Mountain Goats highlight intimate FNR

by Jessilyn Yoo | 10/27/05 5:00am

This Friday, John Darnielle, vocalist and guitarist for The Mountain Goats, will be performing at Fuel along with bassist Peter Hughes, bringing with him a sound generated by personal experiences and pure human emotion. The Prayers and Tears of Arthur Digby Sellers, who will open and at times provide backup sounds for The Mountain Goats, promise to complement Darnielle's simplistic resonance with their gentle melodies and warmhearted musicality. Friday Night Rock expects this to be one of the most intimate performances Dartmouth has hosted this term.

"I think that this will be one of the most important shows for us on a personal level," said Pam Cortland '06, publicity manager of FNR. "We are always striving to bring bands to Dartmouth that we feel emotionally connected to, and to have that here this weekend is definitely a one-of-a-kind experience."

Prayers and Tears, led by Perry Wright and producer Alex Lazara under the buhunan label, is a group created from a medley of "various members, benefactors, patron saints and onlookers of the buhanan collective." Songs such as "Cannot Eat Better Not Sleep" and "The Sun Fell On You" show that the band's music can be quite therapeutic, with their hushed guitar and vocals, but "An Unexpected Song" demonstrates the peppiness and upbeat quality that is also incorporated into the band's albums. Lazara described Wright's style in an interview as "thriv[ing] on this polarization of this super-intimate and this cathartic release." He added, "Sometimes you have an entire song of this intimate thing and an entire song of these explosions. One of the things that attracted me to Perry's work is he plays with dynamics, and I don't think enough bands out there do."

John Darnielle grew up in California and became a psychiatric technician after high school, living for several years on the grounds of Metropolitan State Hospital in Norwalk. "I was getting paid pretty well and didn't have any debts. So on a lark one day, I bought a guitar," he said to me via e-mail when describing how he began The Mountain Goats. "The apartment I lived in was pretty remote and my two best friends had moved to Northern California. I had a lot of time on my hands, and I started writing songs -- random things, dumb things, time-passing things." A few years later, while in college, he decided to play at an open-mic night in order to garner opinions on his songs. "The audience reacted really favorably, so I kept it up."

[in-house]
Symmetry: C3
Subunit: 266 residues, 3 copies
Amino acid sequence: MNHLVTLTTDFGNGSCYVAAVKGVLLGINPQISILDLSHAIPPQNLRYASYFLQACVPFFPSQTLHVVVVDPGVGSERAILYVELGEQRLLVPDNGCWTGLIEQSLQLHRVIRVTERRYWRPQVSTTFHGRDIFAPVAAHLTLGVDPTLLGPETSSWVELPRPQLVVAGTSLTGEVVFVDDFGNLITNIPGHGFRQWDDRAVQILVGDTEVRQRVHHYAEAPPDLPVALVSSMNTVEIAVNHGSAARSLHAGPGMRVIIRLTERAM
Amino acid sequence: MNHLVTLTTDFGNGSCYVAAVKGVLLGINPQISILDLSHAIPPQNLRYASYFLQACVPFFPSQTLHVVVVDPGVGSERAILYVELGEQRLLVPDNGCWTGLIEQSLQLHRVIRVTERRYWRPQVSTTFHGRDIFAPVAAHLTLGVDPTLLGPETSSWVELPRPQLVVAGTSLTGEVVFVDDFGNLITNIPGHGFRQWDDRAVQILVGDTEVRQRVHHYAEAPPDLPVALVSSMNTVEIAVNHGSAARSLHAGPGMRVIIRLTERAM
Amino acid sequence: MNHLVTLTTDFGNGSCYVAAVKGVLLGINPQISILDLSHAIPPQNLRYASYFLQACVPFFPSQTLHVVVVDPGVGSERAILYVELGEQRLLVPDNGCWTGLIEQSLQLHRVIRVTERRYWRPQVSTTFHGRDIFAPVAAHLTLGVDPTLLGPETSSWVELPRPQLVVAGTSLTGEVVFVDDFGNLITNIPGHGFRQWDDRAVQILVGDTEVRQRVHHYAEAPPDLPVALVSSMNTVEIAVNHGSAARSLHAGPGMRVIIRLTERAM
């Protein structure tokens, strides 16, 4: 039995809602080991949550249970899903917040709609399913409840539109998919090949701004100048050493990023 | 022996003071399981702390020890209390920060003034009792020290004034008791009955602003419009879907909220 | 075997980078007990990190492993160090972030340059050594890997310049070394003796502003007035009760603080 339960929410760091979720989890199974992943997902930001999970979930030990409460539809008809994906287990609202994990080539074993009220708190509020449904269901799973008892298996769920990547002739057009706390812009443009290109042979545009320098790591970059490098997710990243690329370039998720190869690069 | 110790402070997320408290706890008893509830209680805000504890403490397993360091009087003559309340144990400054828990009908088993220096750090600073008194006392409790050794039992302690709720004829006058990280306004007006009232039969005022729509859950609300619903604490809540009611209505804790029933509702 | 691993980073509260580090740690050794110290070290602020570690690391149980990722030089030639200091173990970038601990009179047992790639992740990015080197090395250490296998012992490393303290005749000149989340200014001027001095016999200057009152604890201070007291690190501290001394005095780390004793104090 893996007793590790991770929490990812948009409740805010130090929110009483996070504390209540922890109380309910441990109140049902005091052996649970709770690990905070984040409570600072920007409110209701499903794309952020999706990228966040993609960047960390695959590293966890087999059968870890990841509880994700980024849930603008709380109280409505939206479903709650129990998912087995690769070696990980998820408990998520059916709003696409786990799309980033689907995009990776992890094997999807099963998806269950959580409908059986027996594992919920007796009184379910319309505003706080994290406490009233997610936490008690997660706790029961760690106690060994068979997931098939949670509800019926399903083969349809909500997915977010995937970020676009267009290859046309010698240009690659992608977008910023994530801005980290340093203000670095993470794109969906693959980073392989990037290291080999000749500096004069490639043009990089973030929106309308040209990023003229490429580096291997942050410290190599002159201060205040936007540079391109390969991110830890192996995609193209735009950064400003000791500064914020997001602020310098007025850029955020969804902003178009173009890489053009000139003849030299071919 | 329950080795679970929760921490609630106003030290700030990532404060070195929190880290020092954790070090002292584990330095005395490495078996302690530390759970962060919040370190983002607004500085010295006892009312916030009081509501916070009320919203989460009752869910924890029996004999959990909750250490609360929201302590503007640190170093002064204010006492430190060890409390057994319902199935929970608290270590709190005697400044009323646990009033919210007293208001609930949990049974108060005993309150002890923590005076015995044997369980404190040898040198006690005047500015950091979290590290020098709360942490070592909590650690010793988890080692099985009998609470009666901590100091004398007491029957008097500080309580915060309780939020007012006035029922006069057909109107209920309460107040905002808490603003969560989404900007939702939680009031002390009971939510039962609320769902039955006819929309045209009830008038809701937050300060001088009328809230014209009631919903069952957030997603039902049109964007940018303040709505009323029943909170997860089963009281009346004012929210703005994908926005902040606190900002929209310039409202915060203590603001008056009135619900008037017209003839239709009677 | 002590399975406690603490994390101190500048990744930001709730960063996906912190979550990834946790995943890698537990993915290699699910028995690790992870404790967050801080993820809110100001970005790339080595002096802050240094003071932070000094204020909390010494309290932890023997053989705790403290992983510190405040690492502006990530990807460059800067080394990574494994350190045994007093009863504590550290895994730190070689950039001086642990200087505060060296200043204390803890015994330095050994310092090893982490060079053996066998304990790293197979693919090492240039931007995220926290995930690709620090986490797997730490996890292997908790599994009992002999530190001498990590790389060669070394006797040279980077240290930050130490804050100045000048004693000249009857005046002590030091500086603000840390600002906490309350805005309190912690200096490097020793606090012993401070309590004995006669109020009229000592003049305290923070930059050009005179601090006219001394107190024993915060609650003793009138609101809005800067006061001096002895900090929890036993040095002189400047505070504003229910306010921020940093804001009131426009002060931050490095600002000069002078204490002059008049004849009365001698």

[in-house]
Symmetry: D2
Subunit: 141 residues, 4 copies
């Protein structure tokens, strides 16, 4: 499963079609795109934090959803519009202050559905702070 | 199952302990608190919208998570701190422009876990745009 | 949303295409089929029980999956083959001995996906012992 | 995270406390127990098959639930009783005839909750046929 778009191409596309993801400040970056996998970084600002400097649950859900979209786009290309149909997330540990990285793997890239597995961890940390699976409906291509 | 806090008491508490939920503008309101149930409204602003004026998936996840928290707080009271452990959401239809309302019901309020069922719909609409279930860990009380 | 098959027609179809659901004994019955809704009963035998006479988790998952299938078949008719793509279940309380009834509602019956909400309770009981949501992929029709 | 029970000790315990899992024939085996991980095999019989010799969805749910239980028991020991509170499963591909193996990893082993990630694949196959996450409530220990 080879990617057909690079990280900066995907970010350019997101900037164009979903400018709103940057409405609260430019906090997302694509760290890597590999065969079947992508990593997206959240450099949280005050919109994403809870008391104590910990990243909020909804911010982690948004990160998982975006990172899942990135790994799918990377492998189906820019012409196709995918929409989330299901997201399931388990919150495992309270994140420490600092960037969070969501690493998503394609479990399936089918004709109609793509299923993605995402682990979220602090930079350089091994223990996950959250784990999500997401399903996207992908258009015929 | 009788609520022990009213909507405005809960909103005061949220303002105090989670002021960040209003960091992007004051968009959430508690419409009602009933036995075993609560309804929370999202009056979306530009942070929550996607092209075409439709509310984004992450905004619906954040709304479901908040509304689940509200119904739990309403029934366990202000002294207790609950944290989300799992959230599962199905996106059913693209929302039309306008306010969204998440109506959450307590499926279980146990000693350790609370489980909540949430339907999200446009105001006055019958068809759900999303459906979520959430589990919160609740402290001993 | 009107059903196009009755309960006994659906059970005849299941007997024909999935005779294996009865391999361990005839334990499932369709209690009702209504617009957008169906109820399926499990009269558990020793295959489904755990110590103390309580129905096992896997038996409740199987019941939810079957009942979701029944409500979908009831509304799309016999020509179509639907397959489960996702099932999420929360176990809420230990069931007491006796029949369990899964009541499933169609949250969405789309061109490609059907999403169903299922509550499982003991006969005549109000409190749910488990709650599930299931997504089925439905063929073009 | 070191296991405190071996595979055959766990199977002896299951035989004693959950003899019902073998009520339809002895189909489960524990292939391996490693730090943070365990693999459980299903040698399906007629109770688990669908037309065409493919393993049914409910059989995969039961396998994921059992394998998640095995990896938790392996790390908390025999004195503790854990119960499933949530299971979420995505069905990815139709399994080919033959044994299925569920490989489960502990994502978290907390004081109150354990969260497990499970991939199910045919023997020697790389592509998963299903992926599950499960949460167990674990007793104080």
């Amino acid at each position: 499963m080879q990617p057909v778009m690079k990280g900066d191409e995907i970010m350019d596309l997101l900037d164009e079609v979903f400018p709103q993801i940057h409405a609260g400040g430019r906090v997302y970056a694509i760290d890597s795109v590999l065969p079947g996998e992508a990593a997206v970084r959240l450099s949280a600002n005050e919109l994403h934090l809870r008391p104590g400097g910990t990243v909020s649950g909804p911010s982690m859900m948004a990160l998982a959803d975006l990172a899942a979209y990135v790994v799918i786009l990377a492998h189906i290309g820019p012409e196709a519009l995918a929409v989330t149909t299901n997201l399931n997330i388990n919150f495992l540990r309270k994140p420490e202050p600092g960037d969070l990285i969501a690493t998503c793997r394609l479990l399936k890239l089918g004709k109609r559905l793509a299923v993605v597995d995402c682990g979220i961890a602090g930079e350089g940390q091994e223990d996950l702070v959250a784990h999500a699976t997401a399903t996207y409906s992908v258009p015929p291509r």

Darnielle is an incredibly well-respected singer-songwriter in both the indie world and beyond, having been hailed by The New Yorker as "America's best non-hip-hop lyricist." Continuing our correspondence, Darnielle stated, "At the time I was starting, none of the stuff I was listening to really sounded at all like the sounds I was making -- I was listening to Steely Dan and the Gun Club and W.A.S.P.'s 'The Headless Children' a lot -- so I don't know about influences. I am kind of leery of the whole concept of influence anyway."

His last two albums are a testament to his personal life, something he has not spoken about in his work until recently. His newest album "The Sunset Tree," and in particular the songs "This Year" and "Dance Music," are about his abusive stepfather and his experiences in a household where he came to understand that people do not get malevolent and hateful all by themselves. Darnielle said in an interview with, "This album is a little bit more autobiographical than my past ones." This was not done purposefully since Darnielle does not believe in direct confessionals: "Most people start out trying to write about their lives, but I never had any interest in anything about mine. But when I started 'We Shall All Be Healed,' it felt really good. It felt kind of transgressive for me."

Darnielle's songs about ordinary, simple people speak volumes, and his craftsmanship is beyond reproach. "He writes the catchiest songs and it's remarkable how fun and listenable his songs are," adds FNR member Brendon Bouzard '06, who is also part of The Dartmouth staff. "They are efficient, meaningful, commanding and beautiful."

Throughout his 17 years as an artist, John Darnielle has come a long way in developing his songs into what they are today. Don Stewart '06 said, "In a live setting, it's easy to see how much of an investment he's made in reaching this point." Indeed, Darnielle's live performances are quiet, intimate, emotional and intense. There are times when he is jovial and communicates with the audience by talking to them (and shooting down song requests), and there are other times when he is whispering and the atmosphere manages somehow to be both electric and so quiet that you can hear a pin drop. This Friday night in the basement of Collis, you can experience this amazing brand of live performance for yourself.